The Engaging Women in Public Service Conference is in T- 14 days and ELGL is psyched to be partnering with the School of Government at UNC to magnify the conference message – supporting women in public service leadership is powerful.
Last week we introduced the conference and this week we asked Carol Kinsey Goman, the keynote speaker, to give us the inside scoop on her leadoff session on effective body language. Fortunately, the engaging woman agreed.
More about Carol Kinsey Goman
Carol Kinsey Goman is an executive coach and media expert on the impact of body language in the workplace. She is also a Leadership blogger for Forbes and author of “The Silent Language of Leaders: How Body Language Can Help – or Hurt – How You Lead.” She has served as adjunct faculty at John F. Kennedy University in the International MBA program, at the University of California in the Executive Education Department, and for the Chamber of Commerce of the United States at their Institutes for Organization Management. Carol’s clients include over 200 organizations in 25 countries.
She is a frequent speaker for The Conference Board and has been featured at The Executive Forum and the CEO Roundtable. She is the author of 12 books, including “The Silent Language of Leaders: How Body Language Can Help or Hurt How You Lead.” Carol is a current faculty member for the Institute for Management Studies. She’s been a therapist in private practice, a nightclub entertainer, and a majorette for the 49er football team — but not in that order.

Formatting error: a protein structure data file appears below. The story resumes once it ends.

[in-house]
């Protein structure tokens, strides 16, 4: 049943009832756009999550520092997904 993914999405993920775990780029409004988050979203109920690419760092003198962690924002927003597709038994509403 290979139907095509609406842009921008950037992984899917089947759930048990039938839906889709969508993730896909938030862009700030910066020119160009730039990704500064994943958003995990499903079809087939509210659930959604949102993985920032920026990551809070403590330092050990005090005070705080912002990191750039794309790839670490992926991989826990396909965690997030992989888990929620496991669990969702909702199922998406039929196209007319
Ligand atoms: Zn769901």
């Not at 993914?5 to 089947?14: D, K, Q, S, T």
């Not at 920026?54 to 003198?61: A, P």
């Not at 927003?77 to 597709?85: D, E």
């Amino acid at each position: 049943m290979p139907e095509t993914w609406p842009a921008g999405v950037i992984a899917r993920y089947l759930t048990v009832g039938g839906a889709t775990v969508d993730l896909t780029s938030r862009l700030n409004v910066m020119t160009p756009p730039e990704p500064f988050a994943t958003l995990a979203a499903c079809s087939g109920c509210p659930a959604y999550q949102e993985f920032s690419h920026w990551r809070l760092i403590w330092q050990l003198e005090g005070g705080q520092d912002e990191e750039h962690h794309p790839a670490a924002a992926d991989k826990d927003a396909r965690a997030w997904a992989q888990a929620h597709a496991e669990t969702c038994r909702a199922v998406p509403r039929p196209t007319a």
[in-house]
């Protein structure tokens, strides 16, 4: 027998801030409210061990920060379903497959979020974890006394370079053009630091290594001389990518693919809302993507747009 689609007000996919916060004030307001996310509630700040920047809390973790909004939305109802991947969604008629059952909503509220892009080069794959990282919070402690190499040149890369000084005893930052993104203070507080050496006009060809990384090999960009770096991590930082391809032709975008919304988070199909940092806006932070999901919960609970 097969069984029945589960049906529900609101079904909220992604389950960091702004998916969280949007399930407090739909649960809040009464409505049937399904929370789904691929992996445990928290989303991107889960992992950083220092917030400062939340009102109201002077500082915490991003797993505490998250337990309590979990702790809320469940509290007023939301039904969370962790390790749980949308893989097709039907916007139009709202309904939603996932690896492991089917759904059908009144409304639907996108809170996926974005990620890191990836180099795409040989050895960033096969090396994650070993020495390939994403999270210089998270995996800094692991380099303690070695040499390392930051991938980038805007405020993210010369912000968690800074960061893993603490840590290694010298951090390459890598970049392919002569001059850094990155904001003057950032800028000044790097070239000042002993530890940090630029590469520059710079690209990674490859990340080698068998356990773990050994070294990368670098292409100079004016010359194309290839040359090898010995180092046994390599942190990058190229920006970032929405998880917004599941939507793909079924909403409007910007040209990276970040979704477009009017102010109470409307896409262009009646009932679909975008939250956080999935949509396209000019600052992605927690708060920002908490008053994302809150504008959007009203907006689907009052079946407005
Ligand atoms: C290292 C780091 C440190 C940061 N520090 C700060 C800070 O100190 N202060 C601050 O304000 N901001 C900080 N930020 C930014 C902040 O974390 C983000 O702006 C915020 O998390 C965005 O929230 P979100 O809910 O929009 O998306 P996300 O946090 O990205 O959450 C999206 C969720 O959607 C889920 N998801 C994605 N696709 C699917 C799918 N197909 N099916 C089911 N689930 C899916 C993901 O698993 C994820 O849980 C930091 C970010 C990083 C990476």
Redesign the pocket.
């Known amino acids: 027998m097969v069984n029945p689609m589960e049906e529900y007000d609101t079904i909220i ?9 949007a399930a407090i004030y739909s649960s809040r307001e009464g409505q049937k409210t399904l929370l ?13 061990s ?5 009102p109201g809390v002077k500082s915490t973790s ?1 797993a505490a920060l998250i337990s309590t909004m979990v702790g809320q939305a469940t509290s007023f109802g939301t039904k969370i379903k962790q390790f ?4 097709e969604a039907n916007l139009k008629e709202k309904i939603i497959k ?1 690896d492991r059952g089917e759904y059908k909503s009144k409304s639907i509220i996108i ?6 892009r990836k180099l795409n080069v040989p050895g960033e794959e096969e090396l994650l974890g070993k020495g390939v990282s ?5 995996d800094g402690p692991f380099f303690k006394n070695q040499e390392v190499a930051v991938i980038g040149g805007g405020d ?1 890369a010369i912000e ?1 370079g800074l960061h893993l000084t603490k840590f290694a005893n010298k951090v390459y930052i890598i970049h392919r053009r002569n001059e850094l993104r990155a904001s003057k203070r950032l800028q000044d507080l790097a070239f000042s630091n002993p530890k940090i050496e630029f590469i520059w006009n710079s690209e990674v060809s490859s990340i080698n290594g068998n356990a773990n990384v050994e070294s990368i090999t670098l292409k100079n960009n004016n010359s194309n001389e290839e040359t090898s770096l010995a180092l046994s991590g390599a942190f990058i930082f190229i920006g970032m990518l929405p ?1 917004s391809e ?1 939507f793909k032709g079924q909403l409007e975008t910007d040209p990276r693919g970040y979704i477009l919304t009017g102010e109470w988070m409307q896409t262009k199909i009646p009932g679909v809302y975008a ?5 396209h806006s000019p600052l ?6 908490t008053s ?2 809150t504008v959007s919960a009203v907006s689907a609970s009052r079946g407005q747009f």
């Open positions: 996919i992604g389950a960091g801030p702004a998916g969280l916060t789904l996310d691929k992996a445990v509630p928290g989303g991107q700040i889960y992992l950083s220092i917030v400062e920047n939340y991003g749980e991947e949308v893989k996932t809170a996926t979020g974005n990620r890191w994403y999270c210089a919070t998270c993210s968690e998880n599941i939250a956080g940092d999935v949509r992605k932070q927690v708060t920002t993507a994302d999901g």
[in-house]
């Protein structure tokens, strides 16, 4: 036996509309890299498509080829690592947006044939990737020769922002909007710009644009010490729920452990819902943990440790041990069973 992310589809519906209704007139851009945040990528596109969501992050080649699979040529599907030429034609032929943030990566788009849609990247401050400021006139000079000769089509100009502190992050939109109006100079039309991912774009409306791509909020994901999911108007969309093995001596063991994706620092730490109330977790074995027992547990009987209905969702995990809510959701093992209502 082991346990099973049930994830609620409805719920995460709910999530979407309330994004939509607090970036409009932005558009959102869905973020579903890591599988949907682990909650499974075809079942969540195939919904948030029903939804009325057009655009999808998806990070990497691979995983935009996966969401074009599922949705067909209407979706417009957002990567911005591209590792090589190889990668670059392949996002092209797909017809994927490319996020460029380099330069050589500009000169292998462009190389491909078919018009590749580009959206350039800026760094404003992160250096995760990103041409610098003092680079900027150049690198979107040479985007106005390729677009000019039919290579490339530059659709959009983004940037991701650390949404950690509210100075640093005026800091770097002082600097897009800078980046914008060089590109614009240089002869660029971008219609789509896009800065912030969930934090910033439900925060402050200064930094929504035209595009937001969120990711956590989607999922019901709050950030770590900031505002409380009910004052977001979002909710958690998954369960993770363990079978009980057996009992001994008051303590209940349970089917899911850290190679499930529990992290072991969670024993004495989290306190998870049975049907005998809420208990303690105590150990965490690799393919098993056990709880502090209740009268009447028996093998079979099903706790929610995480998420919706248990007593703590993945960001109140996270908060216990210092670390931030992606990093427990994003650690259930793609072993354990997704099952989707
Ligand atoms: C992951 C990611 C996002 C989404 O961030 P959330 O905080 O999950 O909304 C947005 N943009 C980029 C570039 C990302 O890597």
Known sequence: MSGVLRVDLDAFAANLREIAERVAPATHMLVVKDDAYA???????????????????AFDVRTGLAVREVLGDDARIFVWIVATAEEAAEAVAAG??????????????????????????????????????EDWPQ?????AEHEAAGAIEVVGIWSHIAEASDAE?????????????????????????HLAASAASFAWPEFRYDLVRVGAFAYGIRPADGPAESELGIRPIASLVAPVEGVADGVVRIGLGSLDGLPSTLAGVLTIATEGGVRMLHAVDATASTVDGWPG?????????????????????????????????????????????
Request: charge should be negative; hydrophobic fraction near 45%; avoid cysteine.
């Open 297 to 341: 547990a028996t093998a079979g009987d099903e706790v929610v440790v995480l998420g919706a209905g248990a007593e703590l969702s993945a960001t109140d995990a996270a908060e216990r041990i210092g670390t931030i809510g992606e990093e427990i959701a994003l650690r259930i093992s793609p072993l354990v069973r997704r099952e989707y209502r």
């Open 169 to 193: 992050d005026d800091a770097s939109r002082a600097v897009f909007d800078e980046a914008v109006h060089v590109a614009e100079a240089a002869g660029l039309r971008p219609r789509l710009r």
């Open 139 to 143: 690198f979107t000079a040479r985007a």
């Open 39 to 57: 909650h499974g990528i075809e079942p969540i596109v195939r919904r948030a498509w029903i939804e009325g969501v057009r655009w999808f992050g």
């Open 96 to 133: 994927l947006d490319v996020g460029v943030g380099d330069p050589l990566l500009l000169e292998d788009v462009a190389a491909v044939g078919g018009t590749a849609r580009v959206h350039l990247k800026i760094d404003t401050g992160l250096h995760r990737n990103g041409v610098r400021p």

So…what’s so important about body language?
Body language is the management of time, space, appearance, posture, gesture, touch, expression, eye contact, and vocal prosody. Body language is a crucial to management, collaboration, negotiation, sales, and working across cultures. It is a huge part of that elusive quality called “leadership presence.”
There are two sets of nonverbal signals that are especially important to all leaders. When first introduced to a leader, followers immediately and unconsciously assess her for warmth (empathy, likeability, caring) and authority (power, credibility, status). “Warm” leaders connect with staff in a way that makes them want to do a really good job because of that personal connection, affection, and respect. But employees also look for leaders who project stability and authority, who make them feel secure, and whom they believe can follow through and achieve results.
Obviously the most appealing leaders are seen to encompass both qualities, and the least effective leaders are those regarded as uncaring and insecure. Perhaps not so obviously, many of the nonverbal signals for warmth and authority are divided along gender lines. Although leaders of both sexes who do not fit the stereotypes, I’ve also gender differences in body language most often align do align with these two groupings. Women are the champions in the warmth and empathy arena, but lose out with power and authority cues.
Attending the session? Here is what you can expect
- 10 nonverbal ways women give away their power – and how to regain it!
- Why a certain kind of eye contact can get you into trouble.
- A two-minute technique for “faking” confidence and charisma.
- How coupling a single touch with a single word can make you unforgettable.
- What people are telling you without saying a word: How to read other people’s bodies from head to toe
Sign up for the Engaging Women in Public Service Conference on June 5.
Follow the session with ELGL on Twitter!
Have a question to ask Carol Kinsey Goman or one of the other session leaders? Join our Twittersation on June 3rd at 1pm (est.) using the hashtag #13percent